A talk on the economic prospects of the Wollongong region by futurist and KPMG partner Bernard Salt attracted an audience of over 300 business, industry and university leaders to the inaugural Advantage SME event.
Advantage SME, based at Innovation Campus, is funded by UOW and the NSW State Government’s Boosting Business Innovation Program, and is a two-year initiative supporting greater collaboration between research organisations and local businesses.
At the event, on March 7, Mr Salt posed the question: why would you have faith in the region to invest in it? “Australia, and Wollongong, has what the rest of world wants,” he said.
“We have lifestyle, we have commodities, we have quality of life, we have institutions, we have a sovereign state and secure well-organised society.”
The number of small businesses in the Illawarra grew by six per cent between 2014 and 2016, compared with five per cent nationally, which he described as the “the right environment for us to create our own future, our own prosperity”.
Yet Mr Salt echoed the now well-understood fact that the nation has a poor track record in turning ideas into enterprises.
“We have had complacent prosperity for 100 years. We handed out franchises 100 years ago in mining, in banking, in [telecommunications] and we have not moved on,” he said.
“We like to think of ourselves as agile, entrepreneurial, enterprising… we are not that good at monetising innovation. Maybe our innovation isn’t at [the US] level. Maybe our innovation is at a grassroots level in places like the Illawarra and Wollongong.”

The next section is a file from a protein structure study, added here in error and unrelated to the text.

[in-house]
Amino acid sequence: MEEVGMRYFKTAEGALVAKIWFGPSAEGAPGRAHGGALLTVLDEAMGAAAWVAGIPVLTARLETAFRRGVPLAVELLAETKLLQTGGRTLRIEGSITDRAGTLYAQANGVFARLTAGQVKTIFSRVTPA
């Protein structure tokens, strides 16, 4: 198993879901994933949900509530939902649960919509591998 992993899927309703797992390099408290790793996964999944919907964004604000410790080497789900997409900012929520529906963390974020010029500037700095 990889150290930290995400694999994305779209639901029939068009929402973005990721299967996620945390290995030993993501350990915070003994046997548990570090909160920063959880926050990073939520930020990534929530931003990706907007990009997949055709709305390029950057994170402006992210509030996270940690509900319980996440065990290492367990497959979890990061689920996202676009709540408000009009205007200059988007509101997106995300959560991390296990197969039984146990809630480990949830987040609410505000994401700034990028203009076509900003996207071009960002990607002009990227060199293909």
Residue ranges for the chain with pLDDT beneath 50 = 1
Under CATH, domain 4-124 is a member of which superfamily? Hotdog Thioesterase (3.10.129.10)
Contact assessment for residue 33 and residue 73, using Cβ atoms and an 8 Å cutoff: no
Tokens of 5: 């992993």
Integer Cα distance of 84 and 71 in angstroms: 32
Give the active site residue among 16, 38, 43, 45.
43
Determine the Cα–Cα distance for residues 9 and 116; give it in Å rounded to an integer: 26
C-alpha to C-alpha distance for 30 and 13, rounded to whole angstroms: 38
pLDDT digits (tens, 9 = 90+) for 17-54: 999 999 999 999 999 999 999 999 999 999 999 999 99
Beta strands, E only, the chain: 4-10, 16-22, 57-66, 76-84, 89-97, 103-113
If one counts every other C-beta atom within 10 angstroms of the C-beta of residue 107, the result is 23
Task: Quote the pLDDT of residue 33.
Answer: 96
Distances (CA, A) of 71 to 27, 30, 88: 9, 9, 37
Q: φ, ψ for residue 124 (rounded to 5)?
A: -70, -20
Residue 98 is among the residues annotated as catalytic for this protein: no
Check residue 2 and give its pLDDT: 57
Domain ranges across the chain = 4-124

Programs such as Advantage SME were a critical part of creating and celebrating an entrepreneurial spirit, Mr Salt said.
Advantage SME is focused on assisting small to medium-sized enterprises grow and thrive in the global economy across industries such as advanced manufacturing, engineering technologies and services, ICT, shared and financial services, and health and aged care.
It provides businesses with access to the expertise and resources on offer at UOW, including its talented students, leading researchers and advanced laboratories, as well as funding and incentives, such as collaboration vouchers that provide dollar-for-dollar funding to subsidise the cost of commercial research.
At the event, UOW Deputy Vice-Chancellor (Research and Innovation) Professor Judy Raper said Advantage SME was a one-stop shop for businesses wanting to engage with UOW.
“Through this program we can help businesses connect easily with the right research expertise and technology.
"Our research covers everything from materials engineering, medicinal chemistry and 3D biofabrication through to social transformation.
“By boosting connections between the university and the local business community we are going to see more innovation locally,” she said.
Learn more: www.uow.edu.au/advantagesme